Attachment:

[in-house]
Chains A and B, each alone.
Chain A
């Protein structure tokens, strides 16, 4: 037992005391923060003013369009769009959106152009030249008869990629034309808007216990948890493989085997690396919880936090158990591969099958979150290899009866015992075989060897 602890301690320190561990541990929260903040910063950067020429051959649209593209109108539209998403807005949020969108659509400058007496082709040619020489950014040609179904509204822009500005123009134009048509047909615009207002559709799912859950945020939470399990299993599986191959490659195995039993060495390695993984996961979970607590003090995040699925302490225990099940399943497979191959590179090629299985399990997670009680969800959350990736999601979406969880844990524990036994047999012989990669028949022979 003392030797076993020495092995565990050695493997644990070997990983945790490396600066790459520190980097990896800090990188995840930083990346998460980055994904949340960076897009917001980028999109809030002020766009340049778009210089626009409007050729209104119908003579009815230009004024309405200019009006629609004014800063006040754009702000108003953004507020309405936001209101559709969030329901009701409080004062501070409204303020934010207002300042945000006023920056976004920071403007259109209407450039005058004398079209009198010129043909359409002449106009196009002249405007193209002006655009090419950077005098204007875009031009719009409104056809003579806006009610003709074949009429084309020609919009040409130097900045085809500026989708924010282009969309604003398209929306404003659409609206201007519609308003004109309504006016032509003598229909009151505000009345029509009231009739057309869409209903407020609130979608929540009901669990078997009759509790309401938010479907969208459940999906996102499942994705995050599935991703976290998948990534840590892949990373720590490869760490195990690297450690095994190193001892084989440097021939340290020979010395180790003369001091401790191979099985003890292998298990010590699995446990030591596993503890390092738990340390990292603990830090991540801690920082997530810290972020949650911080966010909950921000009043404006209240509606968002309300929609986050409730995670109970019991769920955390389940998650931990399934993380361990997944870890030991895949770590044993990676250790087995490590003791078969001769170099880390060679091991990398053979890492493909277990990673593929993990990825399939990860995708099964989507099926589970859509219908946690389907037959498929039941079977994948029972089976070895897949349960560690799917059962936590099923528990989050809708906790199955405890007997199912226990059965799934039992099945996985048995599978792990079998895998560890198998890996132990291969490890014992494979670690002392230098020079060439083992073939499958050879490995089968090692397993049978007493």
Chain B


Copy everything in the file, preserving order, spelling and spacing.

[in-house]
Chains A and B, each alone.
Chain A
């Protein structure tokens, strides 16, 4: 037992005391923060003013369009769009959106152009030249008869990629034309808007216990948890493989085997690396919880936090158990591969099958979150290899009866015992075989060897 602890301690320190561990541990929260903040910063950067020429051959649209593209109108539209998403807005949020969108659509400058007496082709040619020489950014040609179904509204822009500005123009134009048509047909615009207002559709799912859950945020939470399990299993599986191959490659195995039993060495390695993984996961979970607590003090995040699925302490225990099940399943497979191959590179090629299985399990997670009680969800959350990736999601979406969880844990524990036994047999012989990669028949022979 003392030797076993020495092995565990050695493997644990070997990983945790490396600066790459520190980097990896800090990188995840930083990346998460980055994904949340960076897009917001980028999109809030002020766009340049778009210089626009409007050729209104119908003579009815230009004024309405200019009006629609004014800063006040754009702000108003953004507020309405936001209101559709969030329901009701409080004062501070409204303020934010207002300042945000006023920056976004920071403007259109209407450039005058004398079209009198010129043909359409002449106009196009002249405007193209002006655009090419950077005098204007875009031009719009409104056809003579806006009610003709074949009429084309020609919009040409130097900045085809500026989708924010282009969309604003398209929306404003659409609206201007519609308003004109309504006016032509003598229909009151505000009345029509009231009739057309869409209903407020609130979608929540009901669990078997009759509790309401938010479907969208459940999906996102499942994705995050599935991703976290998948990534840590892949990373720590490869760490195990690297450690095994190193001892084989440097021939340290020979010395180790003369001091401790191979099985003890292998298990010590699995446990030591596993503890390092738990340390990292603990830090991540801690920082997530810290972020949650911080966010909950921000009043404006209240509606968002309300929609986050409730995670109970019991769920955390389940998650931990399934993380361990997944870890030991895949770590044993990676250790087995490590003791078969001769170099880390060679091991990398053979890492493909277990990673593929993990990825399939990860995708099964989507099926589970859509219908946690389907037959498929039941079977994948029972089976070895897949349960560690799917059962936590099923528990989050809708906790199955405890007997199912226990059965799934039992099945996985048995599978792990079998895998560890198998890996132990291969490890014992494979670690002392230098020079060439083992073939499958050879490995089968090692397993049978007493």
Chain B